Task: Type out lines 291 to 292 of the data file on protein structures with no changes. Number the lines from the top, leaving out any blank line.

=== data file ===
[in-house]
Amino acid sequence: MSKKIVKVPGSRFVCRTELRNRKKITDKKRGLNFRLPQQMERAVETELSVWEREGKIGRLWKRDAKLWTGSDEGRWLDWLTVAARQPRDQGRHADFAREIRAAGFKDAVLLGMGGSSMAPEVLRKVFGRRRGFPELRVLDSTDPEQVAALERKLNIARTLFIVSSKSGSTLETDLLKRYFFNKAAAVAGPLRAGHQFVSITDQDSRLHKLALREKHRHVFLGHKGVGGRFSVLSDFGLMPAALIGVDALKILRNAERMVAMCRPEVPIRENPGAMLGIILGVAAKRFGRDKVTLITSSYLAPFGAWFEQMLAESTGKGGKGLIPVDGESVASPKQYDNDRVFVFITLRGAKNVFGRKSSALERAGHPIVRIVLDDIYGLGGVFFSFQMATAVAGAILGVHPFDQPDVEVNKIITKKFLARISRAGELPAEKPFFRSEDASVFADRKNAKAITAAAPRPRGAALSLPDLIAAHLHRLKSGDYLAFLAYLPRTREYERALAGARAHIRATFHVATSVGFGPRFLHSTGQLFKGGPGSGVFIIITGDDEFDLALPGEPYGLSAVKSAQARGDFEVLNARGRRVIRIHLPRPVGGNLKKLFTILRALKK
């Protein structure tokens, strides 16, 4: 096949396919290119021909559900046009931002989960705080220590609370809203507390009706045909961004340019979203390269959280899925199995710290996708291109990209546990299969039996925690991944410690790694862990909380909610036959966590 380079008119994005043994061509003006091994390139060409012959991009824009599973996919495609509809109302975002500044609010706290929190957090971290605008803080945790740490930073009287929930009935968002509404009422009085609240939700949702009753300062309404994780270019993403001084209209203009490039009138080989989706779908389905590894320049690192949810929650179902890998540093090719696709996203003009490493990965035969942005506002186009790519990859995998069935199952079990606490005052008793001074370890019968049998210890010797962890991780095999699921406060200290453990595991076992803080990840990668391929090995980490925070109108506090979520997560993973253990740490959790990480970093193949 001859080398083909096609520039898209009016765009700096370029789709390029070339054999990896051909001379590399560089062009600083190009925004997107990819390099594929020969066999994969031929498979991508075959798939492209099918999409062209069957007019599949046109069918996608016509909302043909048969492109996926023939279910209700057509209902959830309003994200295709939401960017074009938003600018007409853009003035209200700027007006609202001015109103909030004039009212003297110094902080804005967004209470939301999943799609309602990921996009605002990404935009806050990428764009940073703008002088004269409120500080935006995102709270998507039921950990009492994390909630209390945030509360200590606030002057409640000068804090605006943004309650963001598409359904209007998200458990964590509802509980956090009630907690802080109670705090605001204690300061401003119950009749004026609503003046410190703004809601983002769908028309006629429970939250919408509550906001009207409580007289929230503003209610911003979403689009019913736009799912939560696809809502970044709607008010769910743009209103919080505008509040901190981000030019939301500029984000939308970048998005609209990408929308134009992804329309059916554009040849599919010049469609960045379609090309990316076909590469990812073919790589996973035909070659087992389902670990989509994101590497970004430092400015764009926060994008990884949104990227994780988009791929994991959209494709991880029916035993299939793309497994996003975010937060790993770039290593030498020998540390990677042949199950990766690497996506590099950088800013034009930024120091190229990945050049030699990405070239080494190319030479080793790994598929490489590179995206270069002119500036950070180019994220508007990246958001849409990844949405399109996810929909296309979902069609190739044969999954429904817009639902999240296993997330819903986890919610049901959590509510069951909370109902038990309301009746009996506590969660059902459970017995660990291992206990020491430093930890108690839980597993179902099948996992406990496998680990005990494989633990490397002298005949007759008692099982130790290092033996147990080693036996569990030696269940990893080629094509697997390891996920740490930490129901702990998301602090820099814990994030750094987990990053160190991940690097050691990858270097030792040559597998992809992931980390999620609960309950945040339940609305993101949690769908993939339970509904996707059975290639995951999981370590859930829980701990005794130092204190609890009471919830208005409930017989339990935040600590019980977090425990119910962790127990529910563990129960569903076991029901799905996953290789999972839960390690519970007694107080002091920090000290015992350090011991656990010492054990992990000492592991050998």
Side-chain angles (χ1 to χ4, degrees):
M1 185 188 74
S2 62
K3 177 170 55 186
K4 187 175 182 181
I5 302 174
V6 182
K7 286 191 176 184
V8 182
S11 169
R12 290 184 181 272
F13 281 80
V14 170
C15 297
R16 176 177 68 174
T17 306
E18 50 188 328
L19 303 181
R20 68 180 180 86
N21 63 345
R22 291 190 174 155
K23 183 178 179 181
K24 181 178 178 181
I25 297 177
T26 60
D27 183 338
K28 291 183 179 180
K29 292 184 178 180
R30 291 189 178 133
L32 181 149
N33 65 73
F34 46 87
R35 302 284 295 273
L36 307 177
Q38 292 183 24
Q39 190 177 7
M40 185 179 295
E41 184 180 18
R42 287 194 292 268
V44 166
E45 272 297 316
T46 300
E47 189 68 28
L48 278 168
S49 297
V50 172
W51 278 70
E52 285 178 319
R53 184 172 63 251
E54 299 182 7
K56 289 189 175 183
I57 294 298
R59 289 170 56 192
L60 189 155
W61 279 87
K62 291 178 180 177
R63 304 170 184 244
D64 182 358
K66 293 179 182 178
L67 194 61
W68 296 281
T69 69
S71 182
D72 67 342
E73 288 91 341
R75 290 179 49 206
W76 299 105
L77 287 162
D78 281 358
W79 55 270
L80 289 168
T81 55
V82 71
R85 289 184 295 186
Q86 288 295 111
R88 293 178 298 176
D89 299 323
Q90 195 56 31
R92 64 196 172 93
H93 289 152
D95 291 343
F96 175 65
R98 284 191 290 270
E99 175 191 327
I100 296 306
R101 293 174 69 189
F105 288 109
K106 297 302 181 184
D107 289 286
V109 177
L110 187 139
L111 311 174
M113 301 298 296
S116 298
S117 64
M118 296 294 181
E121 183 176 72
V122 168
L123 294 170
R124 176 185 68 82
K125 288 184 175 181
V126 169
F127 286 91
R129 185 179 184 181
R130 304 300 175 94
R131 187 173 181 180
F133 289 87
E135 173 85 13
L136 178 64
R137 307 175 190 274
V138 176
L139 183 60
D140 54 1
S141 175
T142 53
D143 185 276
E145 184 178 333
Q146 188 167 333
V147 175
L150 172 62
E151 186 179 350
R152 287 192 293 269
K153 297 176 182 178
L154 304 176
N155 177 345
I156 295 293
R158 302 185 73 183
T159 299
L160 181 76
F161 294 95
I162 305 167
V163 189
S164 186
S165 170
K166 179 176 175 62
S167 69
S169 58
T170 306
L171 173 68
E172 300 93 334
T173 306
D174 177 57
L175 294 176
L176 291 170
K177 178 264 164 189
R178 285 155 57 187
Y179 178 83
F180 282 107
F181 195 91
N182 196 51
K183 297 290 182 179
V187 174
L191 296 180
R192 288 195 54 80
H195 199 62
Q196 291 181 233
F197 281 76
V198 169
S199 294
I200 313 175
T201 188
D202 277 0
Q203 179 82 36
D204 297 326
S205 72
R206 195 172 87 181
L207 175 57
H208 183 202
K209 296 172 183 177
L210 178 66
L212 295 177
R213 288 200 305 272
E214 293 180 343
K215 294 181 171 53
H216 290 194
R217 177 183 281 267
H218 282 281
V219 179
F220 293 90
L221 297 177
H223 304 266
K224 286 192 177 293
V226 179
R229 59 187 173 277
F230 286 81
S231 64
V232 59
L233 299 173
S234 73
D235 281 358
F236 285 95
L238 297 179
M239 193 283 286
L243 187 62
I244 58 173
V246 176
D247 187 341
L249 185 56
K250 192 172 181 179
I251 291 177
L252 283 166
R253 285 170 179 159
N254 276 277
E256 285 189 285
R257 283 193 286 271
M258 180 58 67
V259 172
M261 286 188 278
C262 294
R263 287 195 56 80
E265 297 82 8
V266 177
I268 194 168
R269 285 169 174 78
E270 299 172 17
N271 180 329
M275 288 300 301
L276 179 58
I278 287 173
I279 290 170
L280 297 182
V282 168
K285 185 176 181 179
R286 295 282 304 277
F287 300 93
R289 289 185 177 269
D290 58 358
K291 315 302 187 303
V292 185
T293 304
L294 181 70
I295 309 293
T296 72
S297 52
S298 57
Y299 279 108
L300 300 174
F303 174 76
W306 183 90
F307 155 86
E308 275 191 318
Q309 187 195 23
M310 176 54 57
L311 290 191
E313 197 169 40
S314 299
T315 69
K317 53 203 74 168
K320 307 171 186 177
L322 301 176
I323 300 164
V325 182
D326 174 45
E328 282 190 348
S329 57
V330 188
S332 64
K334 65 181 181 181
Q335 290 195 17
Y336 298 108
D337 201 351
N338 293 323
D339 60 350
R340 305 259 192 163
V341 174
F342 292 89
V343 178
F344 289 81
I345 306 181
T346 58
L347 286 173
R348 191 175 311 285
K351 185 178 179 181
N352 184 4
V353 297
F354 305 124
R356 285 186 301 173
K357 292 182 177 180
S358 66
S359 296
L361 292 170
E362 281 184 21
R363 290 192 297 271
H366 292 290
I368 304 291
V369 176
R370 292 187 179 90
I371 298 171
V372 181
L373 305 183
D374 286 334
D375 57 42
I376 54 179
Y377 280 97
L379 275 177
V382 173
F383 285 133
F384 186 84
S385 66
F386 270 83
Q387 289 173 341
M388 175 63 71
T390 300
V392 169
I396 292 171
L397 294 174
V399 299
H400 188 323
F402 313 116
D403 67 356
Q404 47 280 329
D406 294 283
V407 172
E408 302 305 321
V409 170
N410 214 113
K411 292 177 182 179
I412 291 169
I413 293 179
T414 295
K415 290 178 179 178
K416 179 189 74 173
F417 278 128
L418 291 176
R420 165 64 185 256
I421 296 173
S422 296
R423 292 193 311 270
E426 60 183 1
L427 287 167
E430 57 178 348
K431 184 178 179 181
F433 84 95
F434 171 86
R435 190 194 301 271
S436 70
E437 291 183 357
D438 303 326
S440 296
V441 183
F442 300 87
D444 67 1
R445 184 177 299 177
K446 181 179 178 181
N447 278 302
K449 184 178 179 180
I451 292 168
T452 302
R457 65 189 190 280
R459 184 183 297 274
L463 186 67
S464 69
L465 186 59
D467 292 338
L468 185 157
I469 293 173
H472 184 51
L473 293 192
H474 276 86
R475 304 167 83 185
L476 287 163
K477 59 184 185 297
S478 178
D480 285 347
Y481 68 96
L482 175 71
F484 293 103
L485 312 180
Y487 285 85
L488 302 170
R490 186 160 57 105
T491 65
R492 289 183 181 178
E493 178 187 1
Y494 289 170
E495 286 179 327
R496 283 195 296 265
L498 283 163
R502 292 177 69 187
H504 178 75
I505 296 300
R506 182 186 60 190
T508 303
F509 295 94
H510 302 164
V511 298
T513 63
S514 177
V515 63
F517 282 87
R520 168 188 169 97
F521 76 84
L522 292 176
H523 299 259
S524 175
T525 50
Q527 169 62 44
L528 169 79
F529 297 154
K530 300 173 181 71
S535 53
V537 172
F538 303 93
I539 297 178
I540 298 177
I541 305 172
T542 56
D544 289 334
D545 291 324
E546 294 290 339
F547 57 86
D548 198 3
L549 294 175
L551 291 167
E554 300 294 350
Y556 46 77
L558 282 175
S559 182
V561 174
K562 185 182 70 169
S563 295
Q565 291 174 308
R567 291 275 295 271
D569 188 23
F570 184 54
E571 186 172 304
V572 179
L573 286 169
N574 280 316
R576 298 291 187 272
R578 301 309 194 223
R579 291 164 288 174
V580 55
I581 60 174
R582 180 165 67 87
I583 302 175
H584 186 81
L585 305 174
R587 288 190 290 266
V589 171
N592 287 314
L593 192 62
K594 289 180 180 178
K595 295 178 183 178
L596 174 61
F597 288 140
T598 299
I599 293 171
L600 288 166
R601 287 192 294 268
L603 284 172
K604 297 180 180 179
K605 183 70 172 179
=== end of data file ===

I371 298 171
V372 181